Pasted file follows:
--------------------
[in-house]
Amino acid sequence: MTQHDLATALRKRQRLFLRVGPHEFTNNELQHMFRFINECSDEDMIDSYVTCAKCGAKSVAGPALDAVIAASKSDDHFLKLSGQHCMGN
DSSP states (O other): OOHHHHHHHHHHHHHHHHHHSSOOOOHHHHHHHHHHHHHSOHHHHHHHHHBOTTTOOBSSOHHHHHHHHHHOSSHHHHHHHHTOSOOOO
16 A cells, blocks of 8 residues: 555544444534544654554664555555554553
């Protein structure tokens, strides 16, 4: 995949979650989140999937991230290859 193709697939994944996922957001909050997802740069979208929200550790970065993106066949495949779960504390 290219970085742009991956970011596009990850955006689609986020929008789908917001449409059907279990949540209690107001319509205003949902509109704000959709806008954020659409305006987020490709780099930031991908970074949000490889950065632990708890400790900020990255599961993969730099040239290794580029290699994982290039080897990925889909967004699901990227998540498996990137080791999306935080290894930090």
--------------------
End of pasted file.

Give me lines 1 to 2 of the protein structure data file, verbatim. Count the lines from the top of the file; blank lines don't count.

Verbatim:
[in-house]
Amino acid sequence: MTQHDLATALRKRQRLFLRVGPHEFTNNELQHMFRFINECSDEDMIDSYVTCAKCGAKSVAGPALDAVIAASKSDDHFLKLSGQHCMGN